Clinical Depression is when the brain has forgotten how to feel any other way, and they do need treating in different ways. In most cases Reactive Depression probably needs more talk therapy and Clinical Depression needs more medication.
Both may well need a combination of therapy and medication but everyones individual and you can’t treat every reason for Depression in the same way.
Also not every talk therapy is right for grief. New grief is the domain of a Bereavement Counsellor, but for old grief, when someone is stuck, that may well need CBT (cognitive behavioural therapy) or person centred counselling to learn to unravel or move on whichever someone feels that they need.
But you don’t have to be a therapist to be supportive to someone. The worst thing you can probably do is run away from someone who needs help because you don’t know what to do or say. Be honest, if a friend is struggling and is in pain, then tell them “I don’t know what to do or say, but I want you to know that I’m here for you.”
Keep in touch and ask them how they feel, if you’ve been through similar experiences its tempting to say “I know how you feel” But you don’t, grief can jump all over the place. One day it’s Anger the next it’s Denial again. If you’ve been through it yourself say that, show them that you got through it, that there’ll be a point in their future where they’ll look back and they’ll say “You know that was a crappy time, and I wouldn’t wish it on anyone, but I’ve moved on from it.”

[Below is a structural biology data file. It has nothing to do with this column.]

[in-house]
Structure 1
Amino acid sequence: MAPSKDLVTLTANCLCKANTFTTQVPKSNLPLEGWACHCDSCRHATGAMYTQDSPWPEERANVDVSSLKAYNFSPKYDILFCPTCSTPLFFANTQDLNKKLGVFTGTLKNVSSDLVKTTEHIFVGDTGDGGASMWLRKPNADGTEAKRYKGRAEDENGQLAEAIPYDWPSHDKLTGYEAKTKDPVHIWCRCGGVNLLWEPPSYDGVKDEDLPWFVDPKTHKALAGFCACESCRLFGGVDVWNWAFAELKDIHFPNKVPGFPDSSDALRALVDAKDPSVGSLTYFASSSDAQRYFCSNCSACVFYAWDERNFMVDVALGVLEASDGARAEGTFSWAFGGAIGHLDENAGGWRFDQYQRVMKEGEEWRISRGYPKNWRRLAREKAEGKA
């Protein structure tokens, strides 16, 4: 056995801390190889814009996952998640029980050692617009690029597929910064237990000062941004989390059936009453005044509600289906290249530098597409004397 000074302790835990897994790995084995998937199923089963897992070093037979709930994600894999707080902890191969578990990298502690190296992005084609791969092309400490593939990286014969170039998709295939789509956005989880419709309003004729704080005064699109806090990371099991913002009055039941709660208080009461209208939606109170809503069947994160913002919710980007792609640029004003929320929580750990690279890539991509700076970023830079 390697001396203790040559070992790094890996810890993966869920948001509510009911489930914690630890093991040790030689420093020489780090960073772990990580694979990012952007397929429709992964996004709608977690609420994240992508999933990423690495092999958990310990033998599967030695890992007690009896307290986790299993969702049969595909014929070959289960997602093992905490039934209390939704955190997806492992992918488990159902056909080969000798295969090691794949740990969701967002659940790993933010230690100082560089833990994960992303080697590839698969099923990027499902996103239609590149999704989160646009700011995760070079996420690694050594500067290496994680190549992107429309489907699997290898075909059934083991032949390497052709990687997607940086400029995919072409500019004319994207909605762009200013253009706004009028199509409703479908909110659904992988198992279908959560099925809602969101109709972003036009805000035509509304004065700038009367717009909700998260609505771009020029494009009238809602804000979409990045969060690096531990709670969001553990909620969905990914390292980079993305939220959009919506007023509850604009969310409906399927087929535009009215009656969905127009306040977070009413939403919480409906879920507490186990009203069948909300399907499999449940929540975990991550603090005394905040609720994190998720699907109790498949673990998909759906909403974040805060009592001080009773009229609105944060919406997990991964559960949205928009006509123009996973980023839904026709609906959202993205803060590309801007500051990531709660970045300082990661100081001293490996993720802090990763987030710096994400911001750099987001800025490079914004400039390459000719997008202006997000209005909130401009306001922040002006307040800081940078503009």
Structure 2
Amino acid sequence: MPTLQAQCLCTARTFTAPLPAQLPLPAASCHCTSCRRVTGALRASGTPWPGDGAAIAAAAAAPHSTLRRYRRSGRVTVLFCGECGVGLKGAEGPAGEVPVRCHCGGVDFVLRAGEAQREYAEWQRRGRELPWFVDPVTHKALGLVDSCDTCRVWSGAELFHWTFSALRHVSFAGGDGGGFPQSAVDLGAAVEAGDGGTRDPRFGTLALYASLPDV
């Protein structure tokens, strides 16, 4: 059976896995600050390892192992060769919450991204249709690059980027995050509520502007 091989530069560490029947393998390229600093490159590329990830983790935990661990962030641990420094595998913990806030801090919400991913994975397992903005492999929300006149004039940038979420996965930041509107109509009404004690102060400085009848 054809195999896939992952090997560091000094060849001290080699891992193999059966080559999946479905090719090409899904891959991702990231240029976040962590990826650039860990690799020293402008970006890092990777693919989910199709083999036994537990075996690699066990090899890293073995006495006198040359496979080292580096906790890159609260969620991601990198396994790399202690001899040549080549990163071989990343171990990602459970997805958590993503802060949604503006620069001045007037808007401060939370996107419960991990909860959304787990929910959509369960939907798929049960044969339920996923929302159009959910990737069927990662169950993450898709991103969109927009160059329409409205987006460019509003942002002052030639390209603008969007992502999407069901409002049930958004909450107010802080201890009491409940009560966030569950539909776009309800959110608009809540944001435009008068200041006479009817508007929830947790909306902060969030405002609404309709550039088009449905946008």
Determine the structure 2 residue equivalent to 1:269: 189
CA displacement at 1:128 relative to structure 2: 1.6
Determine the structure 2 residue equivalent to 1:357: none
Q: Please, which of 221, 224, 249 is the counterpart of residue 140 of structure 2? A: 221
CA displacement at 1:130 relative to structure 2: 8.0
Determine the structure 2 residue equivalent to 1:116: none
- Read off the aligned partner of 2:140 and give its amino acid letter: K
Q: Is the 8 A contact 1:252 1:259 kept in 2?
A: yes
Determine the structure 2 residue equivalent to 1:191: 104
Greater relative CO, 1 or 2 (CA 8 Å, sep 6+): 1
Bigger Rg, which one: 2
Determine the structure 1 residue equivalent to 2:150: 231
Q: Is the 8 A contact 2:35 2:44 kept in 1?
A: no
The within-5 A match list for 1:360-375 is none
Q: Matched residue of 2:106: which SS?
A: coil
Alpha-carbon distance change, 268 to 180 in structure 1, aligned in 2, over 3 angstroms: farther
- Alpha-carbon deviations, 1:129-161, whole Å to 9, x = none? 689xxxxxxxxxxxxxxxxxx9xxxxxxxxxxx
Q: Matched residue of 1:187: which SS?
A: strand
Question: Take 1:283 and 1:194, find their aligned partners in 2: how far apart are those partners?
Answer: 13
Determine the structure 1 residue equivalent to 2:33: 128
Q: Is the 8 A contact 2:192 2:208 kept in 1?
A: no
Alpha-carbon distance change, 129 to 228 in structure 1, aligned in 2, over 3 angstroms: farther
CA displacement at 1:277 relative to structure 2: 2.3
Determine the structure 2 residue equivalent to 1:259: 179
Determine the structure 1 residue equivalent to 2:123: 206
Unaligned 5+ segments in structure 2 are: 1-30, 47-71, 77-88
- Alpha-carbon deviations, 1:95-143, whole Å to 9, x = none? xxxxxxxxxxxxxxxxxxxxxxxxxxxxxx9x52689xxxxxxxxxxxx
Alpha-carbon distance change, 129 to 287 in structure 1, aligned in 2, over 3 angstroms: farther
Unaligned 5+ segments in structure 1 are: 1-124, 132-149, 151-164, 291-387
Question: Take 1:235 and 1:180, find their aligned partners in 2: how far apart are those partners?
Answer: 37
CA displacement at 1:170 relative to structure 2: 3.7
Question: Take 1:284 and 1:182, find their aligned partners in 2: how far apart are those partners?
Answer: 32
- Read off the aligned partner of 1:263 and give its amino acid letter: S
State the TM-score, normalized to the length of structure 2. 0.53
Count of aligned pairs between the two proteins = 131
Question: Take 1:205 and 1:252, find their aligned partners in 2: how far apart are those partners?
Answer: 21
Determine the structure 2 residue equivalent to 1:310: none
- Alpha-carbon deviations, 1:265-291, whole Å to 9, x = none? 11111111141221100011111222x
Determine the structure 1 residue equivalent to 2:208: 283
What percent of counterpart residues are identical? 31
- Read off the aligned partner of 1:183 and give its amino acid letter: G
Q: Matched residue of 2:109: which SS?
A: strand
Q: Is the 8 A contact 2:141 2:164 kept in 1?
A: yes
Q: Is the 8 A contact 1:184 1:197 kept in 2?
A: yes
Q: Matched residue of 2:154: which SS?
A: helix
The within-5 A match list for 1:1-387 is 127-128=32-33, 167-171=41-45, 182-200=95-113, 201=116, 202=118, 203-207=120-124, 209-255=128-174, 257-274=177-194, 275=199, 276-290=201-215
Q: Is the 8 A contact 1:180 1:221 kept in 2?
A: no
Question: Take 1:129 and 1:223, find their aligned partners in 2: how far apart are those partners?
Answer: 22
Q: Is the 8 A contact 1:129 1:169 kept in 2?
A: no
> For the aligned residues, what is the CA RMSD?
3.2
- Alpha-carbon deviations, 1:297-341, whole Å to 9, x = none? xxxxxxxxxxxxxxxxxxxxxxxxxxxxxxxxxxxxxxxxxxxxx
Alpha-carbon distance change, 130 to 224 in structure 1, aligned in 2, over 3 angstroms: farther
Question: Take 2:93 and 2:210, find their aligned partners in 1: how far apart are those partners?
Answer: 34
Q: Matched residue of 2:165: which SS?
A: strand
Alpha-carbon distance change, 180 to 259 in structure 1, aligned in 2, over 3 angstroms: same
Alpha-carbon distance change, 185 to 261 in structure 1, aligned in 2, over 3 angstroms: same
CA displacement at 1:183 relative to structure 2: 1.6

Don’t be afraid to ask someone how they’re feeling, and that goes for any mental health issue. There’s nothing wrong in saying “Hey, how have you been lately?” Often people on the outside of someone else depression don’t like talking about it because they feel as if in bringing it up it means they’re then supposed to impart some magical piece of wisdom, and it’s OK if you don’t.
If you bump into someone in a supermarket who’s wife has just died and there’s an awkward silence, don’t let it hang there, say “I heard your wife died, I’m so sorry.” After all, that’s the truth and it shows them that you’re open to talking about it, more than likely everyone else they bump into will be too scared to. And if they don’t want to talk, respect that, theres a time for it and if they aren’t ready then don’t press them. If they do open up don’t be surprised if they want to talk about the same thing over and over again, maybe how they died, or what the wished they could have done differently. That’s OK, it doesn’t mean that they’re stuck. Hopefully every time they do go over it, it gets easier for them to process it until it has less of an emotional effect.
To me, grief is a part of love. You can’t have one without the other. If you are grieving it’s because you had someone in your life that you cared about so much that it makes you feel awful when they’re gone. The alternative is to never love, to protect you from the pain of losing them. I’ve met plenty of people like that and believe me they’re not happy that they feel that way.
The pain of losing someone may be hard, but the joy of having them in your life in the first place shouldn’t be overshadowed.